Use Lists to Manage Your Life

by ianmckenzie on April 15, 2014

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My wife is the queen of lists. She uses an iPHone 4s and can, a swipe and a couple of taps, pull up whatever information she needs to plan her next action. For example, she uses SplashShopper to track all our shopping lists. If we pop into Home Depot to pick up a gallon of paint, she checks to see what other hardware items we might need, saving a second trip. She has lists of gift ideas, quotes for greeting cards, honey-do’s and much more.

Lists are the simplest tool or system for managing your life. They consolidate all your tasks in one place. They can tickle your memory or stimulate your creativity. Lists can be as simple or as complex as you need.

You can read lists that give insight into who we are in the Sasha Cagen book, To-Do List: From Buying Milk to Finding a Soul Mate, What Our Lists Reveal About Us.

Here is a quick outline of some of the lists you can keep:

  • Reference
    • Dates
      • Birthday
      • Anniversary
    • Personal information
    • Account information
    • Action
      • To-do
      • Bills to pay
      • Projects
      • Communication
      • Planning
      • Context-based
    • Shopping
      • Groceries
      • Clothing
      • Household
      • Gifts
    • Ideas

    What are some of the lists you use?

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Communicating effectively means more than knowing what to say and when to say it. Communication involves the subtle signals your body language sends to those listening. Over half of the information you provide  as you connect with others comes from your body language. Some body language provides positive information and some negative information. Positive bodylanguage says, “I am interested in what you are saying.” Negative body language says, “I don’t believe anything you are saying – and I am bored besides!”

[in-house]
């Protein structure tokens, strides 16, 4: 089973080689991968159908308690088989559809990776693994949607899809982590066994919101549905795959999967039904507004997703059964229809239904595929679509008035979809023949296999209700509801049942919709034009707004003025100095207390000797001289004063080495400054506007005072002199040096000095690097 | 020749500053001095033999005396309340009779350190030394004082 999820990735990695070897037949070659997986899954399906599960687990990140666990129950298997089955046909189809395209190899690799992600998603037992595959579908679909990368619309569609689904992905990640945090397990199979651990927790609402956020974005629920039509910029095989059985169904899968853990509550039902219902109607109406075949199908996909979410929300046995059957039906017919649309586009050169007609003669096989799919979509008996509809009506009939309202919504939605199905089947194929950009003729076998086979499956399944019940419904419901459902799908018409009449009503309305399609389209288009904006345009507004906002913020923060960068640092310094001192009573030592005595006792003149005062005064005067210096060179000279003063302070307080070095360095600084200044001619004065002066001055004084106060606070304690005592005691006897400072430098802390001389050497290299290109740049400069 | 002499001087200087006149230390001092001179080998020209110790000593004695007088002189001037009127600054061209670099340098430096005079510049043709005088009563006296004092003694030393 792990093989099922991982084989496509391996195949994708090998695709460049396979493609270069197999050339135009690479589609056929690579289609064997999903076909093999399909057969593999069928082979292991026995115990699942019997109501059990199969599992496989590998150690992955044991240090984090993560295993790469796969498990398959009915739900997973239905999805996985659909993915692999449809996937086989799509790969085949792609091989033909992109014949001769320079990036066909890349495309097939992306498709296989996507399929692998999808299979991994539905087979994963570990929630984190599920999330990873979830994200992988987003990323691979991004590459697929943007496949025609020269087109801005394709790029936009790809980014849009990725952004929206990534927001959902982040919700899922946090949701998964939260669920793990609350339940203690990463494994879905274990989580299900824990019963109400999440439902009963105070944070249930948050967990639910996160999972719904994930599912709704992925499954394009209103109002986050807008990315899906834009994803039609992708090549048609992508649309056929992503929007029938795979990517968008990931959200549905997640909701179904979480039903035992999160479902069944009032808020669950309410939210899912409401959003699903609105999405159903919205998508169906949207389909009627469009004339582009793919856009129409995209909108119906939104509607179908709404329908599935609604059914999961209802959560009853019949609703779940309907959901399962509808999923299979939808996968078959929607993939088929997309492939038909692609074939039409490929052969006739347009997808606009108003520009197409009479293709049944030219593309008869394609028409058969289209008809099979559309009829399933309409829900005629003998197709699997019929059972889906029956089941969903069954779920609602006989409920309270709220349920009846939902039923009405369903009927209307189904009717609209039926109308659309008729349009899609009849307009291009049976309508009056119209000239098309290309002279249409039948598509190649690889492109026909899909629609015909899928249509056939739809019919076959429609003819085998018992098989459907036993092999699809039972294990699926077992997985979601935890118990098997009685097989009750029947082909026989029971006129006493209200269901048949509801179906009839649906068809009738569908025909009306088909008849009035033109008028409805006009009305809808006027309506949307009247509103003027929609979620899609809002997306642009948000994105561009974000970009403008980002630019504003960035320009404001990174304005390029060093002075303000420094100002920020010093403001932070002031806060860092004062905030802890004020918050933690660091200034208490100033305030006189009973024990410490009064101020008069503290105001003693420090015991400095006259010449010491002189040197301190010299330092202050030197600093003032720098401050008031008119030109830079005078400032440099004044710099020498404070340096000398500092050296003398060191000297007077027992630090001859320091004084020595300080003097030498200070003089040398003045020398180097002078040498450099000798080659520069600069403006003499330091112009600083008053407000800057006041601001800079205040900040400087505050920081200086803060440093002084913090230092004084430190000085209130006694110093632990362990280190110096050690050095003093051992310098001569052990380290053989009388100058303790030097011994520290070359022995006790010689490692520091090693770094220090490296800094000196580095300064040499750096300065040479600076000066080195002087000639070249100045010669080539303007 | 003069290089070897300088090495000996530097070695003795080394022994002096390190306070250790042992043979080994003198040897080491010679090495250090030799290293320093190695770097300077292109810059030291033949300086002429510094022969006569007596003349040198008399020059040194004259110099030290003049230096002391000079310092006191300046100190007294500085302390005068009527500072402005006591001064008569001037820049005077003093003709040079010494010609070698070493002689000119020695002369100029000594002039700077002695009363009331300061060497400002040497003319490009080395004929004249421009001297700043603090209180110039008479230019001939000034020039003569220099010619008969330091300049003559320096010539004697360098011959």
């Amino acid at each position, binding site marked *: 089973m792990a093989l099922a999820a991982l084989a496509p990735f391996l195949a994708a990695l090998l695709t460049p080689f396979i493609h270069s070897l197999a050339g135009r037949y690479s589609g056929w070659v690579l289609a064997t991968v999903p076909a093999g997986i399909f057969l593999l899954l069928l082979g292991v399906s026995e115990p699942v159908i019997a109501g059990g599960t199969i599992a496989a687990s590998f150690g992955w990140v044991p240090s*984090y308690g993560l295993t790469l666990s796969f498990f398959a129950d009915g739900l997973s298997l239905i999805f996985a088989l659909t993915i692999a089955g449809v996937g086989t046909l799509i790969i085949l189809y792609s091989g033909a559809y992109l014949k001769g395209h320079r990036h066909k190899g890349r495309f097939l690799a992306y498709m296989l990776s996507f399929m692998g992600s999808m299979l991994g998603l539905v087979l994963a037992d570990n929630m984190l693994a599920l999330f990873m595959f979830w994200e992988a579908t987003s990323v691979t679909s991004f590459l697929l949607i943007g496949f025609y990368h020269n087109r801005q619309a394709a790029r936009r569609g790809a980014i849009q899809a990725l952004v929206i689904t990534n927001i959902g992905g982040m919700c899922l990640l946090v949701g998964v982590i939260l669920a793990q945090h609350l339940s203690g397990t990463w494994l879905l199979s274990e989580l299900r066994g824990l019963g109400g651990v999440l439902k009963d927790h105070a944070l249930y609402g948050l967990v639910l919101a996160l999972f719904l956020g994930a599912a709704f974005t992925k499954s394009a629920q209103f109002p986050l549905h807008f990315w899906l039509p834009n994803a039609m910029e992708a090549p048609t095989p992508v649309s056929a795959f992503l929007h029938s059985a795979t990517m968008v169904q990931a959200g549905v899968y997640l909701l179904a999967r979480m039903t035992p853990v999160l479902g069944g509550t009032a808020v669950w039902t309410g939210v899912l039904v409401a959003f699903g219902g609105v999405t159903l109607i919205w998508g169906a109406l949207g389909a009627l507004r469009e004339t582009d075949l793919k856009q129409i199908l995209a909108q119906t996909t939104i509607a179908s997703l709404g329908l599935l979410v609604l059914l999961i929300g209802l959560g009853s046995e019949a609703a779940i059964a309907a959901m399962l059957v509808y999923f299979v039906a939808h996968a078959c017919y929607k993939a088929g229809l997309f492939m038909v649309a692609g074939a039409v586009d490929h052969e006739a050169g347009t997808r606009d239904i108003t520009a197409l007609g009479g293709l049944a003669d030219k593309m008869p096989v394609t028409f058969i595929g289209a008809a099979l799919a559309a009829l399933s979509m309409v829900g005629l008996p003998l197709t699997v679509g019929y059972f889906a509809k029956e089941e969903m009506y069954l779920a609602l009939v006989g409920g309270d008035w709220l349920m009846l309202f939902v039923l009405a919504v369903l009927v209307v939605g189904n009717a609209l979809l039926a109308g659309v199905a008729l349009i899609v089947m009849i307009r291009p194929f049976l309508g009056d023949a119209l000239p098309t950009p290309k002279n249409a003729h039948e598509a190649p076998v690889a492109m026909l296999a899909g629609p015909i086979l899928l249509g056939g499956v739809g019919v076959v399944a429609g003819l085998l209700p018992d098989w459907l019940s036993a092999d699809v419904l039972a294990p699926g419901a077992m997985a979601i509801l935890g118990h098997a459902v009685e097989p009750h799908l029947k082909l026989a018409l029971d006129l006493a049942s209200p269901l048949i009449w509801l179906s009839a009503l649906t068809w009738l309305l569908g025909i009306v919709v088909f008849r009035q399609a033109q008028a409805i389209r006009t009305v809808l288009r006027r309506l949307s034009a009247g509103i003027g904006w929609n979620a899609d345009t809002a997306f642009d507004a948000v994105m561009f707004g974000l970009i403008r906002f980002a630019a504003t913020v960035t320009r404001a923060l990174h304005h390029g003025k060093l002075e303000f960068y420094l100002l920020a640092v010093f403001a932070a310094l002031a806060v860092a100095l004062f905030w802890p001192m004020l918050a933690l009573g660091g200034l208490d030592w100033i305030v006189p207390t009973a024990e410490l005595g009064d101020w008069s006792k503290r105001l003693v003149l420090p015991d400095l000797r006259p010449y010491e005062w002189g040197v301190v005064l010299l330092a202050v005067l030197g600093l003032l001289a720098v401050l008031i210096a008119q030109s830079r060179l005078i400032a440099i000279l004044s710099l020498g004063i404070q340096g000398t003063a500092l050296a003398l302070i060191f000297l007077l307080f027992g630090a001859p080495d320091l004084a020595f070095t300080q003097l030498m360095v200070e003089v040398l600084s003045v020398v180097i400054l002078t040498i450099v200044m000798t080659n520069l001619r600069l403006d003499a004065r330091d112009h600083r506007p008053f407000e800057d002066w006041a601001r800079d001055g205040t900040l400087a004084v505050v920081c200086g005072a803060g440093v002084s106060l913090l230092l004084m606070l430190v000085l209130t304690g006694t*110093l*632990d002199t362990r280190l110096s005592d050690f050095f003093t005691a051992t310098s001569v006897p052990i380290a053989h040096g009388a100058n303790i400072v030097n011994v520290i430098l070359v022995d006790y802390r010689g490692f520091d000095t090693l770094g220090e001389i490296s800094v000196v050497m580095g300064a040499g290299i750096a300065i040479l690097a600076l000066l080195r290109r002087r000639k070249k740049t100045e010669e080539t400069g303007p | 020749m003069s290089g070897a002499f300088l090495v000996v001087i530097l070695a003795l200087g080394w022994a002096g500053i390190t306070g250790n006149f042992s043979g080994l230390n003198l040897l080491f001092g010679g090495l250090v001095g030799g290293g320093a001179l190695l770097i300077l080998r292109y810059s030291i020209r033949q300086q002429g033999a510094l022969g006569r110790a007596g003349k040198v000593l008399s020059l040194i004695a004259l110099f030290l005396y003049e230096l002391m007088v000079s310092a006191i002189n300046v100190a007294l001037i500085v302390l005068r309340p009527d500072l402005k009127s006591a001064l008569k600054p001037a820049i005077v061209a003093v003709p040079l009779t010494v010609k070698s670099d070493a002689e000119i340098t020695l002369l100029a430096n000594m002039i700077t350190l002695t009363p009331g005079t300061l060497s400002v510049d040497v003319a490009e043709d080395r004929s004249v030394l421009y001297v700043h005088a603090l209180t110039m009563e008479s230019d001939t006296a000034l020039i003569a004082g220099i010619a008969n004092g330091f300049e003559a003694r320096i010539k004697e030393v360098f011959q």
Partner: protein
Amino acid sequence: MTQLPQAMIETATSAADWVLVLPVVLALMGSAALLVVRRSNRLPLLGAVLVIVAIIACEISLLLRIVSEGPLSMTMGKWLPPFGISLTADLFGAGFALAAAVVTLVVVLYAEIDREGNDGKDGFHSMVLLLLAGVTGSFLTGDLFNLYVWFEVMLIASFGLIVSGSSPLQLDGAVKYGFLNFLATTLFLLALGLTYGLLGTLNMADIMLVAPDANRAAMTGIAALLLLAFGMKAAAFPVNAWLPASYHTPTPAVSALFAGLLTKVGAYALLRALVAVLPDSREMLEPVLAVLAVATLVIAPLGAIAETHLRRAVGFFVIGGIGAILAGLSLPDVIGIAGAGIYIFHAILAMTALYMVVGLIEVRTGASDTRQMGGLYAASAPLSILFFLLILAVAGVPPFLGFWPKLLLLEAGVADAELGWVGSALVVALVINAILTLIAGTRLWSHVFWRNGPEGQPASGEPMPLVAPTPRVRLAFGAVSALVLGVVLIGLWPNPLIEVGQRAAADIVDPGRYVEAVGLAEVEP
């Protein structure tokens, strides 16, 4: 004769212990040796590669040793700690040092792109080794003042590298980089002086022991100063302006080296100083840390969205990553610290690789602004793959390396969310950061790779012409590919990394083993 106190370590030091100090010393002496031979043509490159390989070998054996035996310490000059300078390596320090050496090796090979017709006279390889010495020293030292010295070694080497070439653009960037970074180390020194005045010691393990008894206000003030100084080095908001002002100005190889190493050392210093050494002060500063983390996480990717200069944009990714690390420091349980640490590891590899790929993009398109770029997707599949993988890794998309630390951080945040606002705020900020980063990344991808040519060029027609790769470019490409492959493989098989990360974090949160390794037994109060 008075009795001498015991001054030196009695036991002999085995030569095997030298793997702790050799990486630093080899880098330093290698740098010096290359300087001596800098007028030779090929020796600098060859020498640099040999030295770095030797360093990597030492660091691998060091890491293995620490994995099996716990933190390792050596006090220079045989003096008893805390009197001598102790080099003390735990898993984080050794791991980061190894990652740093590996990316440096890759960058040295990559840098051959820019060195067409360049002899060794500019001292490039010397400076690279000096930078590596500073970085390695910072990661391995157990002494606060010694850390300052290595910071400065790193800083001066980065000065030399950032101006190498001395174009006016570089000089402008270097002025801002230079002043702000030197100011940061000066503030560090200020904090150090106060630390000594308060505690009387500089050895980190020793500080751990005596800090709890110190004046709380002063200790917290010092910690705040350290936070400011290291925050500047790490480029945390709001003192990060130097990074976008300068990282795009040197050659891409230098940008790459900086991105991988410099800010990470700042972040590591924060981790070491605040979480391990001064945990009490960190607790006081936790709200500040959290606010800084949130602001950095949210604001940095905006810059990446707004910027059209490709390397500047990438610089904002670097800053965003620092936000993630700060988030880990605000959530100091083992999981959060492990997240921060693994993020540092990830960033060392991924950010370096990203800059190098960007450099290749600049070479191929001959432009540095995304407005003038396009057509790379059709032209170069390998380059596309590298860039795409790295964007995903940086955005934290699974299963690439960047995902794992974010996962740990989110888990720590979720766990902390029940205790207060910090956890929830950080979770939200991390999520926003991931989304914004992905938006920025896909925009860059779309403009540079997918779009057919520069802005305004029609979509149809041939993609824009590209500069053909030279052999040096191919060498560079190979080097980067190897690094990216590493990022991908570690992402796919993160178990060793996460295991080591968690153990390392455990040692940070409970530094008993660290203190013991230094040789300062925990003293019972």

Here are some common body actions and the impressions they create:

  • Fiddling – Playing with your watch or a pen looks like you’re bored or impatient.
  • Clock watching – It looks like you’re anxious to move on to something else.
  • Tapping – Tapping your foot or fingers suggests you are impatient or nervous. Drumming your fingers, scratching, twitching, and darting eyes around room all discredit what you are saying and your image as a person good to know.
  • Staring – An unblinking stare conveys boredom. Blink normally and nod your head to show agreement, and that you are still alive and not bored to death.
  • Body hunched – Closing up your body profile —becoming smaller— looks like you lack confidence. Stand tall and believe what you are saying.
  • Arms crossed – If you keep your arms folded during communication, you appear to be defending yourself against the others. Keep your posture open, except your legs. Crossed at the knee or ankle is O.K. (Depends a lot on the culture. For example, in Thailand don’t cross your legs and point your toes at anyone!)
  • Hiding your hands – Evasive people with secrets don’t show their hands.
  • Touching your face - When you have your hand in front of your mouth, you appear timid. Rubbing nose, eyes, ears, head, or neck shows doubt in what you are saying or hearing.
  • No eye contact – If you won’t look the other speaker in the eye, you seem to have low interest or a lack of confidence. (Don’t forget staring, above.)

How you say things in communication is just as important as what you say. Watch your body language and control the unconscious message you might be sending.

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